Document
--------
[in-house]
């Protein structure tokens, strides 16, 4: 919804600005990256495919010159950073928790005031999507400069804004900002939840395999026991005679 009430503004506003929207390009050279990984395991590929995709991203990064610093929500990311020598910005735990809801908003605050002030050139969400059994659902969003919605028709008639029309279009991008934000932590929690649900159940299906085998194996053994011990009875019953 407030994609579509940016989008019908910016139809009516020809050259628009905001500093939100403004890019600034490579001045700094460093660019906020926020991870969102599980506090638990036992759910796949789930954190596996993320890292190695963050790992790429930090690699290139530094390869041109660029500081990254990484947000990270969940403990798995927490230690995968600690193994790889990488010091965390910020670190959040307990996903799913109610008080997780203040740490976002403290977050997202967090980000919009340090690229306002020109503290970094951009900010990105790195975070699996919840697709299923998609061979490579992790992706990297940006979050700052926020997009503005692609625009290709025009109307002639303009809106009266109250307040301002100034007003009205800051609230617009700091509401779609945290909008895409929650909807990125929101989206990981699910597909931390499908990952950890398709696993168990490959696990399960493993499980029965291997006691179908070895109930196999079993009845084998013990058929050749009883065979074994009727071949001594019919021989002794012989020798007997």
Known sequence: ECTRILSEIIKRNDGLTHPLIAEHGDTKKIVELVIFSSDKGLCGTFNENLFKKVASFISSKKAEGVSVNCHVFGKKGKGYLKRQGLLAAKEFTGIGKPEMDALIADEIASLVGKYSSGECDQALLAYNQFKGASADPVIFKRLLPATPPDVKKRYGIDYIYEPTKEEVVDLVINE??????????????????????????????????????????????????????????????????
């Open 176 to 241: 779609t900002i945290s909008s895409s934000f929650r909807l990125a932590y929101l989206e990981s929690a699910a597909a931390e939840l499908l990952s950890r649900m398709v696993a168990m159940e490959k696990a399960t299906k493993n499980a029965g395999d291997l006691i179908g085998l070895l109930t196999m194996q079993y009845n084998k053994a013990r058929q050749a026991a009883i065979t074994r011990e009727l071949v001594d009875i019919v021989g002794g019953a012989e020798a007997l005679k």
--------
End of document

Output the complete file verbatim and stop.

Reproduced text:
[in-house]
């Protein structure tokens, strides 16, 4: 919804600005990256495919010159950073928790005031999507400069804004900002939840395999026991005679 009430503004506003929207390009050279990984395991590929995709991203990064610093929500990311020598910005735990809801908003605050002030050139969400059994659902969003919605028709008639029309279009991008934000932590929690649900159940299906085998194996053994011990009875019953 407030994609579509940016989008019908910016139809009516020809050259628009905001500093939100403004890019600034490579001045700094460093660019906020926020991870969102599980506090638990036992759910796949789930954190596996993320890292190695963050790992790429930090690699290139530094390869041109660029500081990254990484947000990270969940403990798995927490230690995968600690193994790889990488010091965390910020670190959040307990996903799913109610008080997780203040740490976002403290977050997202967090980000919009340090690229306002020109503290970094951009900010990105790195975070699996919840697709299923998609061979490579992790992706990297940006979050700052926020997009503005692609625009290709025009109307002639303009809106009266109250307040301002100034007003009205800051609230617009700091509401779609945290909008895409929650909807990125929101989206990981699910597909931390499908990952950890398709696993168990490959696990399960493993499980029965291997006691179908070895109930196999079993009845084998013990058929050749009883065979074994009727071949001594019919021989002794012989020798007997």
Known sequence: ECTRILSEIIKRNDGLTHPLIAEHGDTKKIVELVIFSSDKGLCGTFNENLFKKVASFISSKKAEGVSVNCHVFGKKGKGYLKRQGLLAAKEFTGIGKPEMDALIADEIASLVGKYSSGECDQALLAYNQFKGASADPVIFKRLLPATPPDVKKRYGIDYIYEPTKEEVVDLVINE??????????????????????????????????????????????????????????????????
């Open 176 to 241: 779609t900002i945290s909008s895409s934000f929650r909807l990125a932590y929101l989206e990981s929690a699910a597909a931390e939840l499908l990952s950890r649900m398709v696993a168990m159940e490959k696990a399960t299906k493993n499980a029965g395999d291997l006691i179908g085998l070895l109930t196999m194996q079993y009845n084998k053994a013990r058929q050749a026991a009883i065979t074994r011990e009727l071949v001594d009875i019919v021989g002794g019953a012989e020798a007997l005679k």